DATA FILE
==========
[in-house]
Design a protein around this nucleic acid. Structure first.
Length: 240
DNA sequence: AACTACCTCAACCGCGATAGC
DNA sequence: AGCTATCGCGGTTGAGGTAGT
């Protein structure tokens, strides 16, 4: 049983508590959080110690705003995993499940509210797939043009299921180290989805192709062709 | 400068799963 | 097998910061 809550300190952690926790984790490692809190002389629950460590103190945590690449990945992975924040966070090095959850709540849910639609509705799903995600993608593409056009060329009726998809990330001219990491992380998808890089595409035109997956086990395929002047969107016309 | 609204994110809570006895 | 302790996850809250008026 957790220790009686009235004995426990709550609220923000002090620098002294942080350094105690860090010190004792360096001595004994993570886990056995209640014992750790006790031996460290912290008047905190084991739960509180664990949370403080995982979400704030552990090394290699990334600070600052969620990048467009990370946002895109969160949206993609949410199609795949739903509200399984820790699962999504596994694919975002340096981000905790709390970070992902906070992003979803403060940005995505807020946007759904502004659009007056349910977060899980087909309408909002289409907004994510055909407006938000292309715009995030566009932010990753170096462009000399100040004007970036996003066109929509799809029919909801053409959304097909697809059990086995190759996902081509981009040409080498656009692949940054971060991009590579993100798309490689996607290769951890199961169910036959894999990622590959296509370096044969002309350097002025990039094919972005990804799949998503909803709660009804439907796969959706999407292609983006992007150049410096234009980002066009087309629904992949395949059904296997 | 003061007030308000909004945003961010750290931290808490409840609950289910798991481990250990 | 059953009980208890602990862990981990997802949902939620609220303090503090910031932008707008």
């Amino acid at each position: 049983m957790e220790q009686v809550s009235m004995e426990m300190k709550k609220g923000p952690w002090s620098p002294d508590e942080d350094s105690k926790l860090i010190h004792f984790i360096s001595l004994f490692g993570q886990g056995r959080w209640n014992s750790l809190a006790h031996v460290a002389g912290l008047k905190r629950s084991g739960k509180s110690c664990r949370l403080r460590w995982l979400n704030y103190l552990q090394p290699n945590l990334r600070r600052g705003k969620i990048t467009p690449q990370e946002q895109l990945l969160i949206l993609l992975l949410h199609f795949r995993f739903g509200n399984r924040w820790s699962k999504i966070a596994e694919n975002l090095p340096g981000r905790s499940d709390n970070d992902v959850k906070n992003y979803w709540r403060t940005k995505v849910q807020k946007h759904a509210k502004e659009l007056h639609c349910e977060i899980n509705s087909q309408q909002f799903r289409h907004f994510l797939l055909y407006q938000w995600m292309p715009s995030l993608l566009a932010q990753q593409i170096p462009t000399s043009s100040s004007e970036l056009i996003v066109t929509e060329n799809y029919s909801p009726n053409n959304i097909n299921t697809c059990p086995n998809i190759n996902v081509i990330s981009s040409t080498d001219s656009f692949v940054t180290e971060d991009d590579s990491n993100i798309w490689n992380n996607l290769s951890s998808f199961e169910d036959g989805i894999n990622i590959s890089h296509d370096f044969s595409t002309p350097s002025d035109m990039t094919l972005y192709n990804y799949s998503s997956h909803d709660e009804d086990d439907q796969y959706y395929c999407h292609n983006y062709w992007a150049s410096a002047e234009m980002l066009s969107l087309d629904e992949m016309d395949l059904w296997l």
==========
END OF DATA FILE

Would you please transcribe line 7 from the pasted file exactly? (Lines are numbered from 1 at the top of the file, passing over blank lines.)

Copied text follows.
């Amino acid at each position: 049983m957790e220790q009686v809550s009235m004995e426990m300190k709550k609220g923000p952690w002090s620098p002294d508590e942080d350094s105690k926790l860090i010190h004792f984790i360096s001595l004994f490692g993570q886990g056995r959080w209640n014992s750790l809190a006790h031996v460290a002389g912290l008047k905190r629950s084991g739960k509180s110690c664990r949370l403080r460590w995982l979400n704030y103190l552990q090394p290699n945590l990334r600070r600052g705003k969620i990048t467009p690449q990370e946002q895109l990945l969160i949206l993609l992975l949410h199609f795949r995993f739903g509200n399984r924040w820790s699962k999504i966070a596994e694919n975002l090095p340096g981000r905790s499940d709390n970070d992902v959850k906070n992003y979803w709540r403060t940005k995505v849910q807020k946007h759904a509210k502004e659009l007056h639609c349910e977060i899980n509705s087909q309408q909002f799903r289409h907004f994510l797939l055909y407006q938000w995600m292309p715009s995030l993608l566009a932010q990753q593409i170096p462009t000399s043009s100040s004007e970036l056009i996003v066109t929509e060329n799809y029919s909801p009726n053409n959304i097909n299921t697809c059990p086995n998809i190759n996902v081509i990330s981009s040409t080498d001219s656009f692949v940054t180290e971060d991009d590579s990491n993100i798309w490689n992380n996607l290769s951890s998808f199961e169910d036959g989805i894999n990622i590959s890089h296509d370096f044969s595409t002309p350097s002025d035109m990039t094919l972005y192709n990804y799949s998503s997956h909803d709660e009804d086990d439907q796969y959706y395929c999407h292609n983006y062709w992007a150049s410096a002047e234009m980002l066009s969107l087309d629904e992949m016309d395949l059904w296997l």